CA: I would say both. On one hand, he’s showing how memory is often triggered involuntarily, following the famous precedent of Proust—and the lime-flower tea links two domestic tyrants: Aunt Léonie in Proust and the narrator’s irascible father in The Lime Tree. On the other hand, he’s also following his nose as he improvises slowly from day to day in writing the book, which gives it a very sinuous course, as you say. Sometimes, when the digression comes to an end, what it started out from takes some remembering! Aira’s prose rarely moves in a straight line for long.
LB: Another aspect of The Lime Tree that stood out to me was the way in which the narrator talks about his childhood and the Perón era with a level of political understanding and sophistication that he couldn’t possibly have had as a child. Was it difficult to render in English this combination of childlike innocence and adult social awareness?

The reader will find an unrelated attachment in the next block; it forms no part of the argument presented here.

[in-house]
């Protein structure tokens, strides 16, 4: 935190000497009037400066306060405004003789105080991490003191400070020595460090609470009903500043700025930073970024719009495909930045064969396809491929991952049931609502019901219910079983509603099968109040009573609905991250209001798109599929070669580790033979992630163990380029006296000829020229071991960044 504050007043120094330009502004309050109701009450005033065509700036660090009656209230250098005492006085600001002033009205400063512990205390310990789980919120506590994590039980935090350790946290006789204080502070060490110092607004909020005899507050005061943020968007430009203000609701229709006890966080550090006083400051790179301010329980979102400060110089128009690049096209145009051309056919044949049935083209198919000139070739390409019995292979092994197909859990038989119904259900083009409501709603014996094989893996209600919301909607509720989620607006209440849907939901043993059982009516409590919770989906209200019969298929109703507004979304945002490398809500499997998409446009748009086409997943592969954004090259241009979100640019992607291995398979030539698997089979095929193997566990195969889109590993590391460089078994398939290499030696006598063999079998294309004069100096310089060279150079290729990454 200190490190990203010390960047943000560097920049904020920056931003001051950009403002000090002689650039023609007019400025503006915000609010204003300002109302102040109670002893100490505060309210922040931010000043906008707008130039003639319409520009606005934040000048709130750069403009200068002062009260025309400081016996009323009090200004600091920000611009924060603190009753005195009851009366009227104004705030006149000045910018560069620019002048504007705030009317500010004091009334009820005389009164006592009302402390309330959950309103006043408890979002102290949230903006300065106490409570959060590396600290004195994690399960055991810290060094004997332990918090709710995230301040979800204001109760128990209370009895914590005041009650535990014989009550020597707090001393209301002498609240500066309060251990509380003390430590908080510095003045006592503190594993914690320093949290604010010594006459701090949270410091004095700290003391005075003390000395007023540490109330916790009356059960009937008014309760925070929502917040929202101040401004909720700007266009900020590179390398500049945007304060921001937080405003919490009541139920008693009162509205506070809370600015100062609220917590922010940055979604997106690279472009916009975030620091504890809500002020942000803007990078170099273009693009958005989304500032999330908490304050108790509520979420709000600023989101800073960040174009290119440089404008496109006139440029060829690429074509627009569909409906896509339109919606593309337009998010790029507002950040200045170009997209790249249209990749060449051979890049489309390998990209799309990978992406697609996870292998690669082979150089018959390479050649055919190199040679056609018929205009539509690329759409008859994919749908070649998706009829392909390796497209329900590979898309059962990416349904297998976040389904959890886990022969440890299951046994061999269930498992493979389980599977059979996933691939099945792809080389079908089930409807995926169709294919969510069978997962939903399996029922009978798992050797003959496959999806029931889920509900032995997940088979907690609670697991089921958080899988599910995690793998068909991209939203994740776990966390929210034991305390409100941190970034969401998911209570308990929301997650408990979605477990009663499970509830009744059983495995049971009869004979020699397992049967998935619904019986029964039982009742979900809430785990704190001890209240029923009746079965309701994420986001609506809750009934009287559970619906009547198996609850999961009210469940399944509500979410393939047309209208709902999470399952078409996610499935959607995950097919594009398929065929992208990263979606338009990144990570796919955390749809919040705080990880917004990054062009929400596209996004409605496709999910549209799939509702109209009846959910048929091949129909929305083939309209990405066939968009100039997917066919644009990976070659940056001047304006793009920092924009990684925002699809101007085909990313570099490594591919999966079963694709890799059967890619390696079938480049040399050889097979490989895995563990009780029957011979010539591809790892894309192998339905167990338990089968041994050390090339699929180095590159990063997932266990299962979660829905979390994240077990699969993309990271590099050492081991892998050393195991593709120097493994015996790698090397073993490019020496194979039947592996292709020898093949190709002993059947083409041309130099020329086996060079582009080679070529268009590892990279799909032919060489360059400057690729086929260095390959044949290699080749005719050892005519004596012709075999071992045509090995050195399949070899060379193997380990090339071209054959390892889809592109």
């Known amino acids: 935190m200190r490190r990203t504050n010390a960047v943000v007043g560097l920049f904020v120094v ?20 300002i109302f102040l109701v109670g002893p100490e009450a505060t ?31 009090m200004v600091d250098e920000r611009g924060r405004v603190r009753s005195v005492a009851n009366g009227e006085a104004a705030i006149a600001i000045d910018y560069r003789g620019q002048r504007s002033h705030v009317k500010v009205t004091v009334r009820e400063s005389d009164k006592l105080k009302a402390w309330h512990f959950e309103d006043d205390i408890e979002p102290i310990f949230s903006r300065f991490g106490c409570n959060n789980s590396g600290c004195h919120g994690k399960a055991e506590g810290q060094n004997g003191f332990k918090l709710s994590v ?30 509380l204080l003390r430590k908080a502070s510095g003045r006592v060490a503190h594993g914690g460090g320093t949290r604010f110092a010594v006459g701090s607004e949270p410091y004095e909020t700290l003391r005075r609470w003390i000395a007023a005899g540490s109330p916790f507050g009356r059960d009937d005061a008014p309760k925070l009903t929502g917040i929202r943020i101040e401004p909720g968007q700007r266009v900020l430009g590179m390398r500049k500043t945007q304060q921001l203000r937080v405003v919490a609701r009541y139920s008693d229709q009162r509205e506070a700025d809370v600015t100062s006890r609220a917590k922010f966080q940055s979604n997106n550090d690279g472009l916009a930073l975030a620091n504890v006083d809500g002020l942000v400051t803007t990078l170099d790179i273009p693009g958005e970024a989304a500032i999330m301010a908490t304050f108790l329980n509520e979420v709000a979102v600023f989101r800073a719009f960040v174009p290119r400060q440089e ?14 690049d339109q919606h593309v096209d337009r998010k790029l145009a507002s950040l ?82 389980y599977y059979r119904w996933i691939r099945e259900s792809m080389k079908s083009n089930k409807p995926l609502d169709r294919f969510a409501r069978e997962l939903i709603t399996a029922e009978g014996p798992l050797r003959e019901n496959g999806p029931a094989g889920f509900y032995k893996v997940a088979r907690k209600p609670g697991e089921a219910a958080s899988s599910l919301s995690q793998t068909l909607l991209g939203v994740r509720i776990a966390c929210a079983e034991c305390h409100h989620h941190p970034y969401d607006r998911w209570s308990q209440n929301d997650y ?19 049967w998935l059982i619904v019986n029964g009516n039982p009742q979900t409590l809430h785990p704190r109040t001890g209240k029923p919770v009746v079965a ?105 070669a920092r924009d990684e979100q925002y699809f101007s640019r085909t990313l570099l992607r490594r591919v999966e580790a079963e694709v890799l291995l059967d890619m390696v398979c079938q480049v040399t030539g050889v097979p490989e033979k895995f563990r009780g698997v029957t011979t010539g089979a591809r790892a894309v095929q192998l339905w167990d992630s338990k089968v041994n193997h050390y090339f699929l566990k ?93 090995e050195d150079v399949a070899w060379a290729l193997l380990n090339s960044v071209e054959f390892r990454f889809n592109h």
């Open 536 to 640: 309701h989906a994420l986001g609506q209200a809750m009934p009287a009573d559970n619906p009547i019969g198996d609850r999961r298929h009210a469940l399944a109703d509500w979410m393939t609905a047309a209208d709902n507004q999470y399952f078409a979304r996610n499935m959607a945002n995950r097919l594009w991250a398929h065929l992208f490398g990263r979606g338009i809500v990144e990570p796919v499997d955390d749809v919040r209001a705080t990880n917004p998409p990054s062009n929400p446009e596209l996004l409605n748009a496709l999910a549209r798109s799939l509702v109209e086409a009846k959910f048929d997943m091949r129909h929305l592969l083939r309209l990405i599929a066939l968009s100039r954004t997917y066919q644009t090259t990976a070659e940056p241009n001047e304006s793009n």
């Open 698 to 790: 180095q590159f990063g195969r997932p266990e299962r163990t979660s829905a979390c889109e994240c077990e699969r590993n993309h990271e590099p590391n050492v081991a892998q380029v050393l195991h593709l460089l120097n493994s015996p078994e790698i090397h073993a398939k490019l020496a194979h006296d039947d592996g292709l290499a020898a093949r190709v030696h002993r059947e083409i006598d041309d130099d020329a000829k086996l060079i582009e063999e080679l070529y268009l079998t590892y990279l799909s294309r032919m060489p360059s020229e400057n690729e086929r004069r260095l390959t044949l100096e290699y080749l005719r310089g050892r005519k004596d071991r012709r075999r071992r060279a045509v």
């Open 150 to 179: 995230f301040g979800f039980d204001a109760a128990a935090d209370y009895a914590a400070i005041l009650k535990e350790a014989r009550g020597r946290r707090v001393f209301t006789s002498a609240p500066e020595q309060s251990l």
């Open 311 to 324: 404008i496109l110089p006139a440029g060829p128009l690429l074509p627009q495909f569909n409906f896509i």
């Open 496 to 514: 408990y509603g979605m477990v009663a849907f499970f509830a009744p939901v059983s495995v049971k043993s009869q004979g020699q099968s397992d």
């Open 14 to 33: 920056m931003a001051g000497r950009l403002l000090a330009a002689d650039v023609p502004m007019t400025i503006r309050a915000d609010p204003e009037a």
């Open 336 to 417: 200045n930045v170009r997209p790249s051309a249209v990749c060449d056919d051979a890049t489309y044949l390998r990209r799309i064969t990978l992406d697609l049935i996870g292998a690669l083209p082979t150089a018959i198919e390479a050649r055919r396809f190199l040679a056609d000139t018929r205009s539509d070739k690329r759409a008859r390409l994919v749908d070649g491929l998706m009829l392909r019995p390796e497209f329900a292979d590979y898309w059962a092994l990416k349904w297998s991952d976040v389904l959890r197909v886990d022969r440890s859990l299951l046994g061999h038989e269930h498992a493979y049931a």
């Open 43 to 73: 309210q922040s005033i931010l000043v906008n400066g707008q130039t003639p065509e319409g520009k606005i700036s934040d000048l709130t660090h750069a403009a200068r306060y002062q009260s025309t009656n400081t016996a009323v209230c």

CA: He’s certainly blending the perspectives of the child and the adult. This didn’t strike me as particular difficulty when I was translating, but maybe that’s because as a translator you have your nose up against the prose most of the time, and you’re preoccupied mostly by difficulties at the level of the sentence: Do I need to put a proper name in here so it will be clear who’s doing what? Or, to take a more specific example: What do I do with these rhyming ritual insults, called espejitos in Spanish (“little mirrors”)? There I had a helping hand from Stefan Tobler of And Other Stories, who came up with a really neat rhyme (sister’s / kissed hers). But to get back to the child’s-eye view: Aira’s ongoing reconstruction—or invention—of Coronel Pringles in the 1950s and 1960s is an extraordinary poetic feat. See “The Musical Brain” or Cómo me reí (How I Laughed). Style seems to give him direct access to a past that hasn’t passed.
LB: Following from the last question, would you describe The Lime Tree as a political novel?